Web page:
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One day after the IMF’s warning, the US treasury has hit multiple Russian Bitcoin mining companies with secondary sanctions. The increased restrictions should prevent Russia from monetizing its energy resources using proof-of-work crypto networks.
Cutting Off Mining Resources
As reported by CNBC, this marks the first time the Treasury has ever placed trade restrictions on virtual currency miners.
Last month, President Biden announced that America would no longer accept Russian oil, with other jurisdictions following suit. Gas prices in the country have soared since then, creating added incentives to ensure the sanctions have their intended effect.
However, Brian Nelson – Under Secretary for Terrorism and Financial Intelligence – believes Bitcoin mining could interfere with that.
“By operating vast server farms that sell virtual currency mining capacity internationally, these companies help Russia monetize its natural resources,” he said in a news release on Wednesday afternoon.
The International Monetary Fund made the same claim on Tuesday in its Global Financial Stability Report. As the authority explained, sanctions cannot directly target miners as they receive pay directly from the global, permissionless Bitcoin network.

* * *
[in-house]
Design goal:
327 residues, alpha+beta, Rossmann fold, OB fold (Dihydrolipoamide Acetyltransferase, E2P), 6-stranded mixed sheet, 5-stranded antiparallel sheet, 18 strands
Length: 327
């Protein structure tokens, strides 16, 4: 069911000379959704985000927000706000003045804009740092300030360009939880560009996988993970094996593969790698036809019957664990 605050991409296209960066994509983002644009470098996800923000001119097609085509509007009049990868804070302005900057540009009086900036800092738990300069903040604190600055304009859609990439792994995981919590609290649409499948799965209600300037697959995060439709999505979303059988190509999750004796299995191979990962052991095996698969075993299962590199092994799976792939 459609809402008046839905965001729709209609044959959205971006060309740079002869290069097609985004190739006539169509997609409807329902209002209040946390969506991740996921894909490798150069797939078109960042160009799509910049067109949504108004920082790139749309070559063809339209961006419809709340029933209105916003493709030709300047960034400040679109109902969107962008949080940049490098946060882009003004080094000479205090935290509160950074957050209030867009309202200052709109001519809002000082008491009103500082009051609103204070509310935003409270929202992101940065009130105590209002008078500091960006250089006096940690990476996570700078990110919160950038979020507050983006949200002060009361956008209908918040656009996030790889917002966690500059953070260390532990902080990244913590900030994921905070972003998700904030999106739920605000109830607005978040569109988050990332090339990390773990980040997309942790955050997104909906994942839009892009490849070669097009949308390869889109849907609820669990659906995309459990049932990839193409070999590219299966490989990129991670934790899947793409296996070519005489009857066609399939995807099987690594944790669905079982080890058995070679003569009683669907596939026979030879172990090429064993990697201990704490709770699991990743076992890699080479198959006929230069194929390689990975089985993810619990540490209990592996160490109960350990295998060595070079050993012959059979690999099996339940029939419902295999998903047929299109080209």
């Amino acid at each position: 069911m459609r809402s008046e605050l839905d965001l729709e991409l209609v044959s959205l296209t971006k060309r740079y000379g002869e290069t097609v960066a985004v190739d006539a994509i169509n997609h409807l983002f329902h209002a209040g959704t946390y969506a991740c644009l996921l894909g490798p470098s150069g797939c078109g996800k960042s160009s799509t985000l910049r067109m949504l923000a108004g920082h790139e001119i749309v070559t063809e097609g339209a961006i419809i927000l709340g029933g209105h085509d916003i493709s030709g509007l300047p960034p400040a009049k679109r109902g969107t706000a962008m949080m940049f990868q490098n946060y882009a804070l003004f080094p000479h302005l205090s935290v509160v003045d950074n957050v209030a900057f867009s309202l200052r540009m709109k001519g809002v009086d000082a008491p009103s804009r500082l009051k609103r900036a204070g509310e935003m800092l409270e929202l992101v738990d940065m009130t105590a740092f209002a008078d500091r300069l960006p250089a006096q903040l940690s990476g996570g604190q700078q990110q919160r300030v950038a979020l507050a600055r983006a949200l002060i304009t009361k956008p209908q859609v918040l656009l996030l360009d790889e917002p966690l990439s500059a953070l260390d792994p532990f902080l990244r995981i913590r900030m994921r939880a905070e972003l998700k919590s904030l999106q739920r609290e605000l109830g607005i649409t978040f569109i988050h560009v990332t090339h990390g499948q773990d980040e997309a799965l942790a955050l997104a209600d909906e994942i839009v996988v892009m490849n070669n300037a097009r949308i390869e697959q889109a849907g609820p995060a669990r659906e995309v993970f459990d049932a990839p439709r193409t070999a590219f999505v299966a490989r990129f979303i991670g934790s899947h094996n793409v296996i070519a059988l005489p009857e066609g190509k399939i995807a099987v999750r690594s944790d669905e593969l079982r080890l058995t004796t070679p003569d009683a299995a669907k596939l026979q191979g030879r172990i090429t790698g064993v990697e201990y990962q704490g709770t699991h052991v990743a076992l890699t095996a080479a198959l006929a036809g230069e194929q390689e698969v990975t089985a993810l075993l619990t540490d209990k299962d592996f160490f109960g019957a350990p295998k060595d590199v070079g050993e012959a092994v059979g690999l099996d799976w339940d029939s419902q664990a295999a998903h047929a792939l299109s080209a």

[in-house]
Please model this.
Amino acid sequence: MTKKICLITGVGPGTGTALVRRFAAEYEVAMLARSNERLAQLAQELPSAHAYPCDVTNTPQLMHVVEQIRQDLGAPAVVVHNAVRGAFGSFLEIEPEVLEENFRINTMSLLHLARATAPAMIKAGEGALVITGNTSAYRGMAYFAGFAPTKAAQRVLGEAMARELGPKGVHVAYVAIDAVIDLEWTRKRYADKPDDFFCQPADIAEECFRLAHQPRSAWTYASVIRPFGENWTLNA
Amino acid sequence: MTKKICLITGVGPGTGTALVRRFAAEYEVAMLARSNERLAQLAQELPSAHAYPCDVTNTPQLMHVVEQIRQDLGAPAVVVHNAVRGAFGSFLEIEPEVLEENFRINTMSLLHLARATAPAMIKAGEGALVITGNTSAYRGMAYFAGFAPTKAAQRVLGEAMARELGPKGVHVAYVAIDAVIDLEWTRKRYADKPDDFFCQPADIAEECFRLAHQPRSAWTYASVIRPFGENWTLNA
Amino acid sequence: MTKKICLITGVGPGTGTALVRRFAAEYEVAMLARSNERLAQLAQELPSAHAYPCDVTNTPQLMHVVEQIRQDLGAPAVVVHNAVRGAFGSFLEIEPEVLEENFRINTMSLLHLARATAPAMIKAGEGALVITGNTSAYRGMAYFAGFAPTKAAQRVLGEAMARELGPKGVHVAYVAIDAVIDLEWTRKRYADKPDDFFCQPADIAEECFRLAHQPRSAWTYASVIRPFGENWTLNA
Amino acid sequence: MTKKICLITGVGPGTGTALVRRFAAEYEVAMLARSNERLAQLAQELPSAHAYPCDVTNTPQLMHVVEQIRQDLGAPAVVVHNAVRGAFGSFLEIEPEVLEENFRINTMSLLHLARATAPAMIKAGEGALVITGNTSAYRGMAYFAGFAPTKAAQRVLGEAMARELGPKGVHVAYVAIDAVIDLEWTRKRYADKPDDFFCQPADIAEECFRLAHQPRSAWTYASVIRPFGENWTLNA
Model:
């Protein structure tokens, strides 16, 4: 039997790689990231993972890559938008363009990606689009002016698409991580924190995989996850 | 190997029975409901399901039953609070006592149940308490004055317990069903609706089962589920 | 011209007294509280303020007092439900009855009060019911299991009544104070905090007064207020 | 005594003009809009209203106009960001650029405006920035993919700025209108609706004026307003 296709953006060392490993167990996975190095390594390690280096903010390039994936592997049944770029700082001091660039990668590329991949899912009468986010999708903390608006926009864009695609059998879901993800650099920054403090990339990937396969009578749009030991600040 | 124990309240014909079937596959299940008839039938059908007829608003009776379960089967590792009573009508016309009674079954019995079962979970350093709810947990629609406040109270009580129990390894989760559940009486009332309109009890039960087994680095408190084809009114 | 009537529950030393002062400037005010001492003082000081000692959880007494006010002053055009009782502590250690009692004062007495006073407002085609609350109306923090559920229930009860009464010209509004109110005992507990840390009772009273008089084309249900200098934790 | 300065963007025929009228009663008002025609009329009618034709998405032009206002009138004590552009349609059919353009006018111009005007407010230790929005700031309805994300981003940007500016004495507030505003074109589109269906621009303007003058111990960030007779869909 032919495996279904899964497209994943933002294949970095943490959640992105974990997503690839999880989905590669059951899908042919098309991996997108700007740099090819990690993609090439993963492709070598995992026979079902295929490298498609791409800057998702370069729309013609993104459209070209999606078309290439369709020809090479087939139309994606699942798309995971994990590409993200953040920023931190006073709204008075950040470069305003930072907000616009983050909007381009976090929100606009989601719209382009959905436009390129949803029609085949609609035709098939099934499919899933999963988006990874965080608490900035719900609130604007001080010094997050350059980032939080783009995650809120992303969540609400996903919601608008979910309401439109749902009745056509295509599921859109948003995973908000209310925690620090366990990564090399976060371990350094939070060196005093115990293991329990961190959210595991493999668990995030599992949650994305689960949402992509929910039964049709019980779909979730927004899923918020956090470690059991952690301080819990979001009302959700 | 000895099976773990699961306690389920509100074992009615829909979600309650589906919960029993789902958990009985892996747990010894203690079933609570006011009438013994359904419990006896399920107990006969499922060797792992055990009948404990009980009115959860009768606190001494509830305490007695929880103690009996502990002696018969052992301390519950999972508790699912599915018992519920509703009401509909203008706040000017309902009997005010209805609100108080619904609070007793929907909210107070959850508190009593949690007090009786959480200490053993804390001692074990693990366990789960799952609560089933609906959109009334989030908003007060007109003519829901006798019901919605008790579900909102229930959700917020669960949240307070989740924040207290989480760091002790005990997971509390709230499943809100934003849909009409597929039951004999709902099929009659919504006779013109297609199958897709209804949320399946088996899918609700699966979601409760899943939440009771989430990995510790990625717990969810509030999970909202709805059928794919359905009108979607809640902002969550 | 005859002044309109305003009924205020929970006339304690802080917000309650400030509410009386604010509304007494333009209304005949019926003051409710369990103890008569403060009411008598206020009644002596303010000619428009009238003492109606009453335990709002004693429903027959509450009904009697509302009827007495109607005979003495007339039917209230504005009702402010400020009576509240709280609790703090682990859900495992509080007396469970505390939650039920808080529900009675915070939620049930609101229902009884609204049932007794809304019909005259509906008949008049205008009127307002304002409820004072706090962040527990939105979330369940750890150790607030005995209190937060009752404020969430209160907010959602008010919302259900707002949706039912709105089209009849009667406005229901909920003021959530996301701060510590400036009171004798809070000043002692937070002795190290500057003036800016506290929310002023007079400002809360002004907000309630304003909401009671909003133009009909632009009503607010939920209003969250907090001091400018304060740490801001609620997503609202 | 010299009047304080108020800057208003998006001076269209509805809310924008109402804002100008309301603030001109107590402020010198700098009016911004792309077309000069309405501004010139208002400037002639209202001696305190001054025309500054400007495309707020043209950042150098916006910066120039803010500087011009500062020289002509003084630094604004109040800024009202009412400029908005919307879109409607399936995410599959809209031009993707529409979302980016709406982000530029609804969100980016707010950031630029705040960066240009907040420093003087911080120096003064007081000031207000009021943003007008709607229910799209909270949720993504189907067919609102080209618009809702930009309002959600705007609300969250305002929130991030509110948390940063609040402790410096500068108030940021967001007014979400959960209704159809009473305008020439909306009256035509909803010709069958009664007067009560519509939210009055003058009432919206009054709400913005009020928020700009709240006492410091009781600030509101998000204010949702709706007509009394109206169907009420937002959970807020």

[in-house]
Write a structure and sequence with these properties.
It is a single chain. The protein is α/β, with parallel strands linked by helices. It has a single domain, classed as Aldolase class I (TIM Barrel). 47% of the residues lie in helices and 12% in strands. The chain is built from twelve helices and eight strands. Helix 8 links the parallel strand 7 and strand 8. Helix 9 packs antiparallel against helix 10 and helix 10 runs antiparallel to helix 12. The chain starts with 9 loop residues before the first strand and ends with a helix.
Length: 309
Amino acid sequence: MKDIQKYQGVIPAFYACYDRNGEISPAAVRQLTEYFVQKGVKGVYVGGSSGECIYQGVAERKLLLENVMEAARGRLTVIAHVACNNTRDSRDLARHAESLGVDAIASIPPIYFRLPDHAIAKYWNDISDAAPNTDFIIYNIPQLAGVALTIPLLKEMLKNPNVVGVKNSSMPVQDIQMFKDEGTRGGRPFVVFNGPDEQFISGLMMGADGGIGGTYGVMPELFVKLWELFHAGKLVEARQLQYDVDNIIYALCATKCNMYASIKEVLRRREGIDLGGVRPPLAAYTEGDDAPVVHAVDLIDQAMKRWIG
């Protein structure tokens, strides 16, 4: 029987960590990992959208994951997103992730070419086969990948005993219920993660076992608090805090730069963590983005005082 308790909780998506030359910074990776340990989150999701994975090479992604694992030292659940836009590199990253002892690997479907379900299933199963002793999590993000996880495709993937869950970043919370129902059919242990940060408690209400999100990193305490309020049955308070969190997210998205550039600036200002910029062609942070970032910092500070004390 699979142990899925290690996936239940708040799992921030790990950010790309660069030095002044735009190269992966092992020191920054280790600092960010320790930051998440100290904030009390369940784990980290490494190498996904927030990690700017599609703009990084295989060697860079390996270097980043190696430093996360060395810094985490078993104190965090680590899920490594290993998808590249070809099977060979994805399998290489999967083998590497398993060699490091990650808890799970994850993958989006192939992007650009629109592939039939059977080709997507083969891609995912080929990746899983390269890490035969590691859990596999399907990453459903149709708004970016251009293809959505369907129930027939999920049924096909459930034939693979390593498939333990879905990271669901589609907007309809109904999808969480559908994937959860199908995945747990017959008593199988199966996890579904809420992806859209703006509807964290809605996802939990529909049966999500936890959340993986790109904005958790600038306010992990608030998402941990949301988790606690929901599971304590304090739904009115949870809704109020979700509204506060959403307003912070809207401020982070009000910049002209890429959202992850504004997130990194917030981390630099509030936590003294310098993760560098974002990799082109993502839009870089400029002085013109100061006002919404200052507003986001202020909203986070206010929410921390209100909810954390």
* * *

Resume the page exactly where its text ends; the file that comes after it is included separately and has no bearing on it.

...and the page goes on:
This came alongside the more common fears of Bitcoin on sanctions, like non-compliant exchanges helping Russia cash out Bitcoin trades. One congressional energy official has even suggested that Russia would accept Bitcoin payments for natural gas exports to friendly countries.
Yet there are other ways to hurt Russian mining industry participants. For example, while Russia can supply its own oil, it relies more on imports for the computers required to mine. Those computers must be paid for with fiat currency, of which Russia’s has collapsed in value.
Russia’s Relationship with Bitcoin
According to data from Cambridge University, Russia is currently the third most popular country for mining Bitcoin. It supplies approximately 11% of the global hash rate and is popular due to its oil resources and cold climate.
The recent sanctions targeted various companies, including BitRiver, which operates using hydroelectric power. It currently employs 200 full-time staff across three offices in Russia.
Despite its warning, the IMF still considered the magnitude of mining revenues to be “relatively contained”. All Bitcoin mining revenue last year averaged at $1.4 billion per month.